There are doubts now that the Zika virus is even connected to the Microcephaly birth defects noted in Brazil. A study of over 2000 pregnant women in Colombia that were infected with the Zika virus showed no microcephaly in any of the births. Almost 90% of the microcephaly cases occurred in the northeast part of Brazil. Medical organizations in both Brazil and Argentina have challenged the connection and are claiming that the chemical Pyriproxyfen may be to blame instead. This chemical is a larvicide and an Argentine organization REDUAS reported that most affected children lived in areas where this chemical was added to the drinking water to control mosquito populations.
The government of Brazil is refuting these claims and says it only used pesticides approved by the WHO, World Health Organization. In a study of 3,893 cases of microcephaly in newborns, only five women had the Zika virus. An outbreak in Colombia of more than 31,000 cases of the Zika virus, with 5,000 of them pregnant women, has shown not one single Zika-linked case of microencephaly. There are several alternate theories being studied about the Zika virus and its connections to birth defects.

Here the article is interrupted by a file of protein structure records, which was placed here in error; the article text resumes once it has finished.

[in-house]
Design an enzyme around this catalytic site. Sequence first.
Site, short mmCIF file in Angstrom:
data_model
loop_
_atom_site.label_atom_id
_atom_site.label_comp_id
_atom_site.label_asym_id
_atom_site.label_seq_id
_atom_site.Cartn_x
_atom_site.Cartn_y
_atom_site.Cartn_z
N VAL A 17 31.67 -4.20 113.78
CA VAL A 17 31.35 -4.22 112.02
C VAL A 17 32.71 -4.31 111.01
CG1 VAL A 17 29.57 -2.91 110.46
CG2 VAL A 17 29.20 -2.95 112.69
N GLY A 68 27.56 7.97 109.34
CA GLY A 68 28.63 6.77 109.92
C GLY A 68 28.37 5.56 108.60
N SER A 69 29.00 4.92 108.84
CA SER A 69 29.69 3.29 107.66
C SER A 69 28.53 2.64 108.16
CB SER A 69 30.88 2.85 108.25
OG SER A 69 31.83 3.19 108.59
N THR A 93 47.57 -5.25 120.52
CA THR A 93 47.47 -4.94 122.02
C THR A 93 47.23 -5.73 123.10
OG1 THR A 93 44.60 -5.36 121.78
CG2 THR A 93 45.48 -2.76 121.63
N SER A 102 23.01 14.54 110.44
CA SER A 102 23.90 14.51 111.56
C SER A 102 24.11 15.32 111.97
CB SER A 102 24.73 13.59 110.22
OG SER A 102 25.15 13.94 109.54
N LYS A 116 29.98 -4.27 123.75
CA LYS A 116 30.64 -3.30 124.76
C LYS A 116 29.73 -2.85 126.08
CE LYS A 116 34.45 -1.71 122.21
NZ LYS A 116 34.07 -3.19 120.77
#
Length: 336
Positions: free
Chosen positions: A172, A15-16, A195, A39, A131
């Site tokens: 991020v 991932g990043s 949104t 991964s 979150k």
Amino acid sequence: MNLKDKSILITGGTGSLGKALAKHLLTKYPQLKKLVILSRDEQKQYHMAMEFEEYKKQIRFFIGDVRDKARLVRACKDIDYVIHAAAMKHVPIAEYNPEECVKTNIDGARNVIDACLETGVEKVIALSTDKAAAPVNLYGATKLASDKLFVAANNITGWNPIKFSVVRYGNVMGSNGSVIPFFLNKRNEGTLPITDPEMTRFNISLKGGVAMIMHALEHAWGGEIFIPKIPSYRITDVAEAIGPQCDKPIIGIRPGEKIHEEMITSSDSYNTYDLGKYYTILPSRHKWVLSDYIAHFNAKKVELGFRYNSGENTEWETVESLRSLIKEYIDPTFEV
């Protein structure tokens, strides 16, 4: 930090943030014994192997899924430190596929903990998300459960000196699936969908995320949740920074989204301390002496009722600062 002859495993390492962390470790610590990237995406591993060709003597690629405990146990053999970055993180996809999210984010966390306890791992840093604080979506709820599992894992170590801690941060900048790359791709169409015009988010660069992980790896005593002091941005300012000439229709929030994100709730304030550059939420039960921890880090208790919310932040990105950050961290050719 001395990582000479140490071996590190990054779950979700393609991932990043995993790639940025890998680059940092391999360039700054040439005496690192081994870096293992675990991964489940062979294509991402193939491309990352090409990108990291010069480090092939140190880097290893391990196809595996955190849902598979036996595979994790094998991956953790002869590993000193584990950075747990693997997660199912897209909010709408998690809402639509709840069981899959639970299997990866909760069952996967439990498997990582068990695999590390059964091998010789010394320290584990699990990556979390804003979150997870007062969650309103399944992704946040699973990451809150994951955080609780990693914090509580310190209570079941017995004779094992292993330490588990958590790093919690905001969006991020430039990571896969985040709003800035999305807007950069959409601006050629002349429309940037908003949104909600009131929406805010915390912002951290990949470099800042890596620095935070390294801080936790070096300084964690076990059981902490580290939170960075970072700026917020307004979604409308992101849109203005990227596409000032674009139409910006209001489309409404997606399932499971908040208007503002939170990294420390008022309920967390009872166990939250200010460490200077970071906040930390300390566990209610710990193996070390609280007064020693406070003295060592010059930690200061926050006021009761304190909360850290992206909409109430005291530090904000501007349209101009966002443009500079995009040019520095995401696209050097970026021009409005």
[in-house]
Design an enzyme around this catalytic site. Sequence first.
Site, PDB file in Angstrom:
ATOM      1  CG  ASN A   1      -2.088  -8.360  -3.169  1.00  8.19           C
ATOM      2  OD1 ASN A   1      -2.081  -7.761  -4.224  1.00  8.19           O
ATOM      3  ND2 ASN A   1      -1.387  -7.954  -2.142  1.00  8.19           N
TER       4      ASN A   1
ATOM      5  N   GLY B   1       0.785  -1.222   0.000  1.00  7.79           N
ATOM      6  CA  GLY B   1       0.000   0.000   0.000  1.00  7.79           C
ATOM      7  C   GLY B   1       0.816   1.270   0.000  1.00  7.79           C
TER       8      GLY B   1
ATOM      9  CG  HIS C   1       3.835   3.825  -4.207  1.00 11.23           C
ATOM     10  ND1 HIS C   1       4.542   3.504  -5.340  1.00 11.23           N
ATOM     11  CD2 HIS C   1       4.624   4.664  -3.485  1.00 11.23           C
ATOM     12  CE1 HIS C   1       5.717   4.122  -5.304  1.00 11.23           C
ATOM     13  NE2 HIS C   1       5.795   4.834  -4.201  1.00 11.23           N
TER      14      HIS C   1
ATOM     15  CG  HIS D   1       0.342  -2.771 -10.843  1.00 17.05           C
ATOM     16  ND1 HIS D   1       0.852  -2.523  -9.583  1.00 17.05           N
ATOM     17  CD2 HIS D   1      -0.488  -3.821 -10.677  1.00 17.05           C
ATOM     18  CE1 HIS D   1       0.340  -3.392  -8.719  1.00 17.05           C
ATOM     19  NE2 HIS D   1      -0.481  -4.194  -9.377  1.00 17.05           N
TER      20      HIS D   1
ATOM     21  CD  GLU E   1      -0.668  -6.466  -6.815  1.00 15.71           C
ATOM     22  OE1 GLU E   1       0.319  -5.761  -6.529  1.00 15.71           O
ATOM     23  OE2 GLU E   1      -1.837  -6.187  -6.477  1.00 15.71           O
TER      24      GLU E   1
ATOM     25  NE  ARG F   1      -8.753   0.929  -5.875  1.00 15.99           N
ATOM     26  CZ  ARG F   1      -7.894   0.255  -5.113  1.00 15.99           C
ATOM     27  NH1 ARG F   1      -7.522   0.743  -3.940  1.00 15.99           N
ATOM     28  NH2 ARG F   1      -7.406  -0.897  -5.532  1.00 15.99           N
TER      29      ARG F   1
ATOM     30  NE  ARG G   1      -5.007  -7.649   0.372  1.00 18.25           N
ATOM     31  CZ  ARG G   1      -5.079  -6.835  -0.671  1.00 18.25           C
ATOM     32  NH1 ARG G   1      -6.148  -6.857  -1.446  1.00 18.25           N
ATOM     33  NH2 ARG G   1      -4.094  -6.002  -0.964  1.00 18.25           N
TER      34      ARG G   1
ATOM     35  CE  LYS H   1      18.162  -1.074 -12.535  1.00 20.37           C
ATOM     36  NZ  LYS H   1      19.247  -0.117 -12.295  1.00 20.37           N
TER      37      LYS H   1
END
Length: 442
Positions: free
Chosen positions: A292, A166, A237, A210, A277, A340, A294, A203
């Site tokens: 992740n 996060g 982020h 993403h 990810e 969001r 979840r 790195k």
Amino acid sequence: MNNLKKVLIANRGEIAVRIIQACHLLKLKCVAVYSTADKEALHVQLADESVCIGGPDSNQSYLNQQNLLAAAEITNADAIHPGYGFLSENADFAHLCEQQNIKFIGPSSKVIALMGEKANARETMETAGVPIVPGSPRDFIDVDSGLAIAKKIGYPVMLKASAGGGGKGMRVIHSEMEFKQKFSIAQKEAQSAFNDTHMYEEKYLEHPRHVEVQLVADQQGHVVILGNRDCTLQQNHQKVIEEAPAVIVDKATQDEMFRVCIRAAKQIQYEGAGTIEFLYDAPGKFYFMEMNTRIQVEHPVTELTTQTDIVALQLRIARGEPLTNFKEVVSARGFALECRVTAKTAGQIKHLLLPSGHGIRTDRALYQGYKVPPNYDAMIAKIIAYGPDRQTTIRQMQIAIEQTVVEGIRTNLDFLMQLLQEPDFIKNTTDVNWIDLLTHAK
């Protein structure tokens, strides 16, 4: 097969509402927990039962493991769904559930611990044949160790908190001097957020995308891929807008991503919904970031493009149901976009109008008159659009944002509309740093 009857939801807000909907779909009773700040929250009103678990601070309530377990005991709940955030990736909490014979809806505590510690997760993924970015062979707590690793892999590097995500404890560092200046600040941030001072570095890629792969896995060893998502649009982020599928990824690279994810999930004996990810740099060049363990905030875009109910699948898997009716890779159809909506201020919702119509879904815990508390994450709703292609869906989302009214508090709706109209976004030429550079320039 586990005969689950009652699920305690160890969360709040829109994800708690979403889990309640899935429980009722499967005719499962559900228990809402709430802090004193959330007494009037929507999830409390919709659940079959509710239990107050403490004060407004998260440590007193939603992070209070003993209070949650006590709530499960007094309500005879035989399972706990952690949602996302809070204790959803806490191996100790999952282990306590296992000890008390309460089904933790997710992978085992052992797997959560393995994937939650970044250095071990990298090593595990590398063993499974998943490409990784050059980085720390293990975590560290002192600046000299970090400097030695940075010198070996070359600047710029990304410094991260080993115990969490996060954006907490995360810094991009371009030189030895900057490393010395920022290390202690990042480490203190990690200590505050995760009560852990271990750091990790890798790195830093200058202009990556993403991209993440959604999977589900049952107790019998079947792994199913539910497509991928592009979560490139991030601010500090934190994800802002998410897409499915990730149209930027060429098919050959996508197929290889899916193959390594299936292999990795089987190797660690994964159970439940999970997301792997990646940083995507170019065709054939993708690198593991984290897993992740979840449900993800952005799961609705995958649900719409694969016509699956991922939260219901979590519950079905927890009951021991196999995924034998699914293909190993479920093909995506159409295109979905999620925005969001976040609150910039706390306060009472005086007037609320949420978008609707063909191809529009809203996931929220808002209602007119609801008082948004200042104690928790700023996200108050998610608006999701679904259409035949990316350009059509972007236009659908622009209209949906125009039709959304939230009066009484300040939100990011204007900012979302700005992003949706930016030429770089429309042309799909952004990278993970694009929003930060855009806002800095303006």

The WHO has declared the Zika virus a global health emergency and they are carefully monitoring its rapid spread. Professionals are working to develop a vaccine.
It seems that one of the latest twists to the Zika virus phenomenon is that governments have decided to spray toxic chemicals in an attempt to eradicate the mosquitoes responsible for the virus transmission. Of course, this could turn out to be worse than the virus itself, as is often the case, when governments intervene.
As you are aware in the healthcare industry, it's important to stay on top of major health issues. As a travel nurse or allied traveler it is important to take these types of things into consideration when planning your future adventures. As always, we wish you safe travels.
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Mary Crawford, HealthCare Employment Network